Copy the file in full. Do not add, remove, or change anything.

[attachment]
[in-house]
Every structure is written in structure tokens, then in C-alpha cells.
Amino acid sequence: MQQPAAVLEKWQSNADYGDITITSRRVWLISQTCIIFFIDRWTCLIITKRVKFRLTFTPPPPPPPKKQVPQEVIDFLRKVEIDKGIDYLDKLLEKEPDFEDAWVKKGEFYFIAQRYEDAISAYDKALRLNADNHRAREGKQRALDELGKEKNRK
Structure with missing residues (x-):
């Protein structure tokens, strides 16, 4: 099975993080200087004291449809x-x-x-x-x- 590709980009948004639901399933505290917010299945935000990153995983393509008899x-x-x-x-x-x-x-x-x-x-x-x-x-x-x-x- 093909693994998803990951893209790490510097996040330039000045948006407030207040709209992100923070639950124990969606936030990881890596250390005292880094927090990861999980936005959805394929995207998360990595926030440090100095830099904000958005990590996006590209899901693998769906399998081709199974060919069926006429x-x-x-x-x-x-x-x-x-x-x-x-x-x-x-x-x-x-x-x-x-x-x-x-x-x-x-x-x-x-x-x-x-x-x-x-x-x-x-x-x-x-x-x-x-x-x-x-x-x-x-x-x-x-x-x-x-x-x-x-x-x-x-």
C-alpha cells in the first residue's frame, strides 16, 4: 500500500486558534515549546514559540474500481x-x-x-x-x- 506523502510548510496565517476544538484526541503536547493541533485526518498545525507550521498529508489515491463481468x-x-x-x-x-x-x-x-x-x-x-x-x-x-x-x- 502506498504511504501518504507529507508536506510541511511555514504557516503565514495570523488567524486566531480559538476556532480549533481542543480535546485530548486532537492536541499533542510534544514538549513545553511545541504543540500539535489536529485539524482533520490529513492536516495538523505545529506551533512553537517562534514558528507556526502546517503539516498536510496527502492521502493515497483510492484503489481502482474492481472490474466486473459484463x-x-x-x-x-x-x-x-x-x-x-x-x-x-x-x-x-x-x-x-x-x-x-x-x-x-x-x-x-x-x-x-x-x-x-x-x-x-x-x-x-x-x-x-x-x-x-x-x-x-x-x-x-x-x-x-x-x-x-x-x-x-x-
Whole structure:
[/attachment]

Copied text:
[in-house]
Every structure is written in structure tokens, then in C-alpha cells.
Amino acid sequence: MQQPAAVLEKWQSNADYGDITITSRRVWLISQTCIIFFIDRWTCLIITKRVKFRLTFTPPPPPPPKKQVPQEVIDFLRKVEIDKGIDYLDKLLEKEPDFEDAWVKKGEFYFIAQRYEDAISAYDKALRLNADNHRAREGKQRALDELGKEKNRK
Structure with missing residues (x-):
């Protein structure tokens, strides 16, 4: 099975993080200087004291449809x-x-x-x-x- 590709980009948004639901399933505290917010299945935000990153995983393509008899x-x-x-x-x-x-x-x-x-x-x-x-x-x-x-x- 093909693994998803990951893209790490510097996040330039000045948006407030207040709209992100923070639950124990969606936030990881890596250390005292880094927090990861999980936005959805394929995207998360990595926030440090100095830099904000958005990590996006590209899901693998769906399998081709199974060919069926006429x-x-x-x-x-x-x-x-x-x-x-x-x-x-x-x-x-x-x-x-x-x-x-x-x-x-x-x-x-x-x-x-x-x-x-x-x-x-x-x-x-x-x-x-x-x-x-x-x-x-x-x-x-x-x-x-x-x-x-x-x-x-x-």
C-alpha cells in the first residue's frame, strides 16, 4: 500500500486558534515549546514559540474500481x-x-x-x-x- 506523502510548510496565517476544538484526541503536547493541533485526518498545525507550521498529508489515491463481468x-x-x-x-x-x-x-x-x-x-x-x-x-x-x-x- 502506498504511504501518504507529507508536506510541511511555514504557516503565514495570523488567524486566531480559538476556532480549533481542543480535546485530548486532537492536541499533542510534544514538549513545553511545541504543540500539535489536529485539524482533520490529513492536516495538523505545529506551533512553537517562534514558528507556526502546517503539516498536510496527502492521502493515497483510492484503489481502482474492481472490474466486473459484463x-x-x-x-x-x-x-x-x-x-x-x-x-x-x-x-x-x-x-x-x-x-x-x-x-x-x-x-x-x-x-x-x-x-x-x-x-x-x-x-x-x-x-x-x-x-x-x-x-x-x-x-x-x-x-x-x-x-x-x-x-x-x-
Whole structure: